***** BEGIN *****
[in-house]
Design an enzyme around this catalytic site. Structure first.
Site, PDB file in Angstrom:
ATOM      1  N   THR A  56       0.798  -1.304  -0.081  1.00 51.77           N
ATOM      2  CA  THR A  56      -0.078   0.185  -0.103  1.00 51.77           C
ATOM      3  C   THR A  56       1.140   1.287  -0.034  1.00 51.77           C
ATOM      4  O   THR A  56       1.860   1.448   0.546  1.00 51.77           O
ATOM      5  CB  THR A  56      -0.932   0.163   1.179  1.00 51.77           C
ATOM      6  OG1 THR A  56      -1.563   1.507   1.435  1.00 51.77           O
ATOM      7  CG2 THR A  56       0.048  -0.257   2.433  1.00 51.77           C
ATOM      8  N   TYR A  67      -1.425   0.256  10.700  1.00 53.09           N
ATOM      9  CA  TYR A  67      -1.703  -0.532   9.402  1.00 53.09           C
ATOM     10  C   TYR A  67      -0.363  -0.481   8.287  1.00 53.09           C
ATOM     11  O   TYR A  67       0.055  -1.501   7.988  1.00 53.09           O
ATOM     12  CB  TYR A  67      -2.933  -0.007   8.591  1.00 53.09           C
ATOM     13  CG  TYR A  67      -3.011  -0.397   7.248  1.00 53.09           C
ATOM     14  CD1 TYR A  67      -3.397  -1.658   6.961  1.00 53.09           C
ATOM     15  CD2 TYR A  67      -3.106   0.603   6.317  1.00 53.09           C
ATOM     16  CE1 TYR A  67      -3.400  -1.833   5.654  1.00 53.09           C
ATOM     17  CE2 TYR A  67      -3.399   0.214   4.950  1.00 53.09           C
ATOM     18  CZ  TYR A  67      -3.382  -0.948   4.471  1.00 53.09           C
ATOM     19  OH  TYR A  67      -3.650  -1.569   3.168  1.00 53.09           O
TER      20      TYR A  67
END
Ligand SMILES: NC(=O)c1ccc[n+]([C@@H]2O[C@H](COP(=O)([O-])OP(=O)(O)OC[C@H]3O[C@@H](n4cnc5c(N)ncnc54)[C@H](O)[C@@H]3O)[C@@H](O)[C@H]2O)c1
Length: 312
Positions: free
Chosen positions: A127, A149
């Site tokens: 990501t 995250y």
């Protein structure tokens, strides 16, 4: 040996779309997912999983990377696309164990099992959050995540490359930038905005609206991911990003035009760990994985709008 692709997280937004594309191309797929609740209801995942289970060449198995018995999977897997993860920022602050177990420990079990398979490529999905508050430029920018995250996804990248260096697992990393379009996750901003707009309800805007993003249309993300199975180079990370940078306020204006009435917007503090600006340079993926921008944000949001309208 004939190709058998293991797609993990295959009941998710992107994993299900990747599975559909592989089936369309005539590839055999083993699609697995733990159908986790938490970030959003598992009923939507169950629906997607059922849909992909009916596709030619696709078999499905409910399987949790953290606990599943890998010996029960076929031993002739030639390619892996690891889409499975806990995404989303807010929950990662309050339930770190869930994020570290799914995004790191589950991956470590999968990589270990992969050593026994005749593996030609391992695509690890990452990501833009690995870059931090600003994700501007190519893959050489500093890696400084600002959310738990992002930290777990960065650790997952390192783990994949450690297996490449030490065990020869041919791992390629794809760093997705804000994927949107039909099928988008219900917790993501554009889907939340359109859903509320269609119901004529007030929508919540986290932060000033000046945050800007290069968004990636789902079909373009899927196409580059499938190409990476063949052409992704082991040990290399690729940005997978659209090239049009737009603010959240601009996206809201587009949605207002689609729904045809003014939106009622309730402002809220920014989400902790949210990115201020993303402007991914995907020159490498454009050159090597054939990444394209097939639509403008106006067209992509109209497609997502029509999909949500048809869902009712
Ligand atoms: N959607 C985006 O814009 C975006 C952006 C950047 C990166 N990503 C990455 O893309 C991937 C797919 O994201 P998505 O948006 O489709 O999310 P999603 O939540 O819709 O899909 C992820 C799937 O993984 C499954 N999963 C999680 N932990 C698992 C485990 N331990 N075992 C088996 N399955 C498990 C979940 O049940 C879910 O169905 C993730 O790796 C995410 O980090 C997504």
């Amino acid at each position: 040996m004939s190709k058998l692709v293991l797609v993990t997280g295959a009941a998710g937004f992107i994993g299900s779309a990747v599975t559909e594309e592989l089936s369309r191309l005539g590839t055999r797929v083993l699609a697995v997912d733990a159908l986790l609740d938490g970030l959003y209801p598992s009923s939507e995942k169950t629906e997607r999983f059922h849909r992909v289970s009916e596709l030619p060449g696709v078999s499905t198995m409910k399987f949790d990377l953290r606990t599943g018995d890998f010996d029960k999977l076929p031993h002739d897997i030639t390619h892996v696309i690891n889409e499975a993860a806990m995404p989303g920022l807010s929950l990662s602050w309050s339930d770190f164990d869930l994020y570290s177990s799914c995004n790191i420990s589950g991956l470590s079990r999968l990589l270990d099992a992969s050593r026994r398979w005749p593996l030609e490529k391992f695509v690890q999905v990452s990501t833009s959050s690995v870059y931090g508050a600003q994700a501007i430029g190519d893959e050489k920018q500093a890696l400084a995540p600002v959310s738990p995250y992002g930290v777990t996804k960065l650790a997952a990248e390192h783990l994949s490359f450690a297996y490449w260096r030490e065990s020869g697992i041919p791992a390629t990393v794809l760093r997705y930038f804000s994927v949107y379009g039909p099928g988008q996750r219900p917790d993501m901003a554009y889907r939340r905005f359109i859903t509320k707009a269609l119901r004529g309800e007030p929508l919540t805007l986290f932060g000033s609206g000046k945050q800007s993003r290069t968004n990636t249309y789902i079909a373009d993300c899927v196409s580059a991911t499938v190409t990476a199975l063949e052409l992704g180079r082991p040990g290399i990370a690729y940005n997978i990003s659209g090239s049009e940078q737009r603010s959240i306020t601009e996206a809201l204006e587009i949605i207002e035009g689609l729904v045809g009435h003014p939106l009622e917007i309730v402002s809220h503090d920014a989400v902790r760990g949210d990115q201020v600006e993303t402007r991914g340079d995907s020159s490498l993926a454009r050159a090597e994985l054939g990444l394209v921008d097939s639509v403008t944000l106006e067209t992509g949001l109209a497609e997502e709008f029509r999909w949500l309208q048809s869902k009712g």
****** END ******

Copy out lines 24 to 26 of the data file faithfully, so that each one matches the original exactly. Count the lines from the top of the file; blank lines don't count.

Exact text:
END
Ligand SMILES: NC(=O)c1ccc[n+]([C@@H]2O[C@H](COP(=O)([O-])OP(=O)(O)OC[C@H]3O[C@@H](n4cnc5c(N)ncnc54)[C@H](O)[C@@H]3O)[C@@H](O)[C@H]2O)c1
Length: 312